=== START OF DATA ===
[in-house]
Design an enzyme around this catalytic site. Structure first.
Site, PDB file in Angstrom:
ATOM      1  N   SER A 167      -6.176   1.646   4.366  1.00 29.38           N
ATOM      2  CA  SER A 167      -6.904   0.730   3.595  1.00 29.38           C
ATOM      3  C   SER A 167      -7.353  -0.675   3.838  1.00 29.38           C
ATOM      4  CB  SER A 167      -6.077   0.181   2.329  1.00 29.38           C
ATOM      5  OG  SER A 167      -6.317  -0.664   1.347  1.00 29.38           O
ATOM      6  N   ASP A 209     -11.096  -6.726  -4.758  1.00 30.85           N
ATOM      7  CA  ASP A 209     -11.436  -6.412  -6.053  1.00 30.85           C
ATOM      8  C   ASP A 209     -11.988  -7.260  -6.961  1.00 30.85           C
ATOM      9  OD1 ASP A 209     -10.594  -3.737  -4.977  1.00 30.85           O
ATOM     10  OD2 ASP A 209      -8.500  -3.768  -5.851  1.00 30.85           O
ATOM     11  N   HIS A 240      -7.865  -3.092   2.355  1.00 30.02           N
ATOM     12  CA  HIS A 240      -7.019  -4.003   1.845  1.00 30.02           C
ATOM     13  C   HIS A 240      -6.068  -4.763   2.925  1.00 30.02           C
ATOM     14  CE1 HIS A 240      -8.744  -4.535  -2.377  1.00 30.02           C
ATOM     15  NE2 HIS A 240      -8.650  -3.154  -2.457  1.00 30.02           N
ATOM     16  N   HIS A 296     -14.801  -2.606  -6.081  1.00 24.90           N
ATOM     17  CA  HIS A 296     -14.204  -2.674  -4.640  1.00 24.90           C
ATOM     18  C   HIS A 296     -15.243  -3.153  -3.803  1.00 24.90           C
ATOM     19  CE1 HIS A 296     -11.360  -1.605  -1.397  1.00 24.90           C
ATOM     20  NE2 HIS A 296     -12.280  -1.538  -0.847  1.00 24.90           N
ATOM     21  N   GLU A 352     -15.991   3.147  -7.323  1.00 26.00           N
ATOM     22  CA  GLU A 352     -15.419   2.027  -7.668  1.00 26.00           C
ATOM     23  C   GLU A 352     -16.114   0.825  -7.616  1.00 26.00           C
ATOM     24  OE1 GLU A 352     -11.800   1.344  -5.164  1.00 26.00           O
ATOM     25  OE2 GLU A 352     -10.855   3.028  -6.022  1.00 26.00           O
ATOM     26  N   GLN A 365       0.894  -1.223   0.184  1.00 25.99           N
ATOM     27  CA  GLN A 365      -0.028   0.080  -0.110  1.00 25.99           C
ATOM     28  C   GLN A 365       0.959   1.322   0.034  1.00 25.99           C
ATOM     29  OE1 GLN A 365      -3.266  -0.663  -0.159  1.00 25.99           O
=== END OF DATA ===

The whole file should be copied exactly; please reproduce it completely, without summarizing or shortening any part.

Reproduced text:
[in-house]
Design an enzyme around this catalytic site. Structure first.
Site, PDB file in Angstrom:
ATOM      1  N   SER A 167      -6.176   1.646   4.366  1.00 29.38           N
ATOM      2  CA  SER A 167      -6.904   0.730   3.595  1.00 29.38           C
ATOM      3  C   SER A 167      -7.353  -0.675   3.838  1.00 29.38           C
ATOM      4  CB  SER A 167      -6.077   0.181   2.329  1.00 29.38           C
ATOM      5  OG  SER A 167      -6.317  -0.664   1.347  1.00 29.38           O
ATOM      6  N   ASP A 209     -11.096  -6.726  -4.758  1.00 30.85           N
ATOM      7  CA  ASP A 209     -11.436  -6.412  -6.053  1.00 30.85           C
ATOM      8  C   ASP A 209     -11.988  -7.260  -6.961  1.00 30.85           C
ATOM      9  OD1 ASP A 209     -10.594  -3.737  -4.977  1.00 30.85           O
ATOM     10  OD2 ASP A 209      -8.500  -3.768  -5.851  1.00 30.85           O
ATOM     11  N   HIS A 240      -7.865  -3.092   2.355  1.00 30.02           N
ATOM     12  CA  HIS A 240      -7.019  -4.003   1.845  1.00 30.02           C
ATOM     13  C   HIS A 240      -6.068  -4.763   2.925  1.00 30.02           C
ATOM     14  CE1 HIS A 240      -8.744  -4.535  -2.377  1.00 30.02           C
ATOM     15  NE2 HIS A 240      -8.650  -3.154  -2.457  1.00 30.02           N
ATOM     16  N   HIS A 296     -14.801  -2.606  -6.081  1.00 24.90           N
ATOM     17  CA  HIS A 296     -14.204  -2.674  -4.640  1.00 24.90           C
ATOM     18  C   HIS A 296     -15.243  -3.153  -3.803  1.00 24.90           C
ATOM     19  CE1 HIS A 296     -11.360  -1.605  -1.397  1.00 24.90           C
ATOM     20  NE2 HIS A 296     -12.280  -1.538  -0.847  1.00 24.90           N
ATOM     21  N   GLU A 352     -15.991   3.147  -7.323  1.00 26.00           N
ATOM     22  CA  GLU A 352     -15.419   2.027  -7.668  1.00 26.00           C
ATOM     23  C   GLU A 352     -16.114   0.825  -7.616  1.00 26.00           C
ATOM     24  OE1 GLU A 352     -11.800   1.344  -5.164  1.00 26.00           O
ATOM     25  OE2 GLU A 352     -10.855   3.028  -6.022  1.00 26.00           O
ATOM     26  N   GLN A 365       0.894  -1.223   0.184  1.00 25.99           N
ATOM     27  CA  GLN A 365      -0.028   0.080  -0.110  1.00 25.99           C
ATOM     28  C   GLN A 365       0.959   1.322   0.034  1.00 25.99           C
ATOM     29  OE1 GLN A 365      -3.266  -0.663  -0.159  1.00 25.99           O